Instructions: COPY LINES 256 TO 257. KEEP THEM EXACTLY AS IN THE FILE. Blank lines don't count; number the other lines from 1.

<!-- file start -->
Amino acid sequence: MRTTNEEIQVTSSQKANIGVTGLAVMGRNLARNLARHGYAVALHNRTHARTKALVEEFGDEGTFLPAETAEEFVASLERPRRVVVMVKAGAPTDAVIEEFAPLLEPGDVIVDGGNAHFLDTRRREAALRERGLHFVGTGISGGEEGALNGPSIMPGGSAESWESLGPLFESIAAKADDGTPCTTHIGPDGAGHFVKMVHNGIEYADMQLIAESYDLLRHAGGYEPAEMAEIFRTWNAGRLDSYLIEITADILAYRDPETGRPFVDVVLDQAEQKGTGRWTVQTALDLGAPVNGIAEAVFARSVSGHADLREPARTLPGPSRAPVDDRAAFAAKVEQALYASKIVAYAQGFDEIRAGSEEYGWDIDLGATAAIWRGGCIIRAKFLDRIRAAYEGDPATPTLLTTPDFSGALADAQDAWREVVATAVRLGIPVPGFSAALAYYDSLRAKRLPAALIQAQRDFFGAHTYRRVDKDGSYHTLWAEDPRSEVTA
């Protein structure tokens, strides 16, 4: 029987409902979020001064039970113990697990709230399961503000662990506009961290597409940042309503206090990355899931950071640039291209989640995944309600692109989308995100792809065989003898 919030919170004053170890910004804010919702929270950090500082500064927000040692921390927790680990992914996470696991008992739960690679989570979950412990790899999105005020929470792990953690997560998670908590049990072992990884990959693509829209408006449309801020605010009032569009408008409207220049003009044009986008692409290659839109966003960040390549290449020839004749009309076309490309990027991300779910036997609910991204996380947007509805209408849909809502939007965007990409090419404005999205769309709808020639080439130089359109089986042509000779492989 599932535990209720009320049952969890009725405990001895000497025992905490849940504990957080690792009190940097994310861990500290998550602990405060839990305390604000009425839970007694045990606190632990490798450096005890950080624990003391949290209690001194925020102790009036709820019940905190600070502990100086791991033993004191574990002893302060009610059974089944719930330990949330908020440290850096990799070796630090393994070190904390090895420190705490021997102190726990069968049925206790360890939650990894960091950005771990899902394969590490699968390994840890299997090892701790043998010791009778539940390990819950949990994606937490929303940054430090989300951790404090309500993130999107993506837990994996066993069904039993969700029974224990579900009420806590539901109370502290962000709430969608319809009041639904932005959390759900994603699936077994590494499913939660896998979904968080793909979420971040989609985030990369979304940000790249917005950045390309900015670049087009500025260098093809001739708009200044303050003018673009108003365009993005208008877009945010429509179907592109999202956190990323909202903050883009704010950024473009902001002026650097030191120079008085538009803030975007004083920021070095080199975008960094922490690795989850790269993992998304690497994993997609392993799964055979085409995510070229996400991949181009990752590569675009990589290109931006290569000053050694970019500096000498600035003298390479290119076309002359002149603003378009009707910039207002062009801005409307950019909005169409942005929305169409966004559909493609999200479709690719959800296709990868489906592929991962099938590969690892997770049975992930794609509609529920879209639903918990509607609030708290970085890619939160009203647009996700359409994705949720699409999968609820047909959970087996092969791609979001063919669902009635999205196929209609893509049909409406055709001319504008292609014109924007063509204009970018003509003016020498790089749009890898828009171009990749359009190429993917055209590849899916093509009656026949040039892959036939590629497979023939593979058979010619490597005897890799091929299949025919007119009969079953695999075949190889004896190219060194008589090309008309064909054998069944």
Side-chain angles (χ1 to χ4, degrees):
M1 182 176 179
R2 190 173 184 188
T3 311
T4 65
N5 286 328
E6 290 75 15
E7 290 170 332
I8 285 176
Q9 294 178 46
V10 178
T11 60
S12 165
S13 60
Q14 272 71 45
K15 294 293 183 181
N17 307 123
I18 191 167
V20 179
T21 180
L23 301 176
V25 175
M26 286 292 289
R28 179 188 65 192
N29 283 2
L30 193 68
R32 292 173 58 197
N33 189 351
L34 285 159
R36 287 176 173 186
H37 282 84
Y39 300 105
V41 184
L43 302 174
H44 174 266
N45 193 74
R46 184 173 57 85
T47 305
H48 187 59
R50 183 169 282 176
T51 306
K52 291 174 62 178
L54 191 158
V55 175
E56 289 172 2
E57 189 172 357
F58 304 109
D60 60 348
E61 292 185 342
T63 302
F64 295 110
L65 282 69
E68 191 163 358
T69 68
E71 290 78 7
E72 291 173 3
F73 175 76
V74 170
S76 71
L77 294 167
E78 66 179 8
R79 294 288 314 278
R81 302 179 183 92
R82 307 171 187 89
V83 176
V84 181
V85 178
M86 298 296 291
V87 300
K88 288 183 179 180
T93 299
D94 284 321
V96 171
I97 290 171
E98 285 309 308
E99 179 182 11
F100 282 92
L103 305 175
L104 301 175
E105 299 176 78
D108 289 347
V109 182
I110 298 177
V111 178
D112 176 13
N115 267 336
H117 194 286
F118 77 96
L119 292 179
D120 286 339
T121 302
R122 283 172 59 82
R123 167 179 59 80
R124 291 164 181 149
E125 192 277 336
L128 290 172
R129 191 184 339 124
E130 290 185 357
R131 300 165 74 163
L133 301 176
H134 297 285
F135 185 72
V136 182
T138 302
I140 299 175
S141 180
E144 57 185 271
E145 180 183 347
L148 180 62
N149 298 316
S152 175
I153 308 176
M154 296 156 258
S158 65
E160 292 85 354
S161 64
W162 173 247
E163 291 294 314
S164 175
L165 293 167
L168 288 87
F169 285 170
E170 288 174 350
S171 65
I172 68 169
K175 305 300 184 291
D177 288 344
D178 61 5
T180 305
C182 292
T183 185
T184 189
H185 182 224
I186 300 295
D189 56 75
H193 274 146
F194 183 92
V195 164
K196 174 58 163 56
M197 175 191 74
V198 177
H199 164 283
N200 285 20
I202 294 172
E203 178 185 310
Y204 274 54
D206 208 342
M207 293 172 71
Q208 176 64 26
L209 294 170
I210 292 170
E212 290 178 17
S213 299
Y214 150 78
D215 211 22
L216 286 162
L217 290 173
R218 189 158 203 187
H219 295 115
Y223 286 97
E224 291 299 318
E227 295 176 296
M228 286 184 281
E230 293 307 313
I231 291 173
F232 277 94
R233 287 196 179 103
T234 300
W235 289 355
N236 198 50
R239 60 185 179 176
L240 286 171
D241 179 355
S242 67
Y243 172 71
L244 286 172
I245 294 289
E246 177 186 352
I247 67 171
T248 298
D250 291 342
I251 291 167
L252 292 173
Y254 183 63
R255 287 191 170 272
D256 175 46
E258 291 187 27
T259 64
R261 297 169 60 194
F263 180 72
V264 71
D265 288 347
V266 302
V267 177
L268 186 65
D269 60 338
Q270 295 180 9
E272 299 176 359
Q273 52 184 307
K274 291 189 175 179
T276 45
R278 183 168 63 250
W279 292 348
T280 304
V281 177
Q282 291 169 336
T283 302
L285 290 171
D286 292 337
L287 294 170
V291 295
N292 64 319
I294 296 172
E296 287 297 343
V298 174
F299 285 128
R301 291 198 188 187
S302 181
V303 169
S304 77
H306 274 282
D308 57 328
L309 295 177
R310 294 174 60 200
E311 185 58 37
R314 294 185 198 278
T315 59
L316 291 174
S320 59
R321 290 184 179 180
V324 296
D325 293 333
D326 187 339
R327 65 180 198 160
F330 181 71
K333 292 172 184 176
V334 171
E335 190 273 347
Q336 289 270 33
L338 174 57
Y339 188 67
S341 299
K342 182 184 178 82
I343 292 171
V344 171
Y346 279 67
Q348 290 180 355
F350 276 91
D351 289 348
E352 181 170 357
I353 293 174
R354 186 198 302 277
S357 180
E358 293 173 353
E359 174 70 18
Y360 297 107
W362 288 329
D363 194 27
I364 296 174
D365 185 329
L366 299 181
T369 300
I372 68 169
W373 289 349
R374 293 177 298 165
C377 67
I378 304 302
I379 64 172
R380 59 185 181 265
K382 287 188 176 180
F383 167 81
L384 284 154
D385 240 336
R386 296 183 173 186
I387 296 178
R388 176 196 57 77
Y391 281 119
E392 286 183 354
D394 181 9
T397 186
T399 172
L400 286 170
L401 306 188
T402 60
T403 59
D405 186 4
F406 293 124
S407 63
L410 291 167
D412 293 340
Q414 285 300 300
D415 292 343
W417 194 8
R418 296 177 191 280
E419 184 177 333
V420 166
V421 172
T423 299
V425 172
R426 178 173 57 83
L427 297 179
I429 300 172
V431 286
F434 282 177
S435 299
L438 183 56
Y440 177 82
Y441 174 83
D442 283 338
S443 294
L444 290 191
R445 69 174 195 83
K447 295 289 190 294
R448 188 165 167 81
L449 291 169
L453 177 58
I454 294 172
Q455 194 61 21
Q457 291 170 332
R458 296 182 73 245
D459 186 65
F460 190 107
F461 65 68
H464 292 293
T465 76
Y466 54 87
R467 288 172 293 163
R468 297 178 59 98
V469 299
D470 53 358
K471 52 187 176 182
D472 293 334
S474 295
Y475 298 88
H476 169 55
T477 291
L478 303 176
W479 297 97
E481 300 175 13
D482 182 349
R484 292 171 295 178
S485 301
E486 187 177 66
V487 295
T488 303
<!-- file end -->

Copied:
E358 293 173 353
E359 174 70 18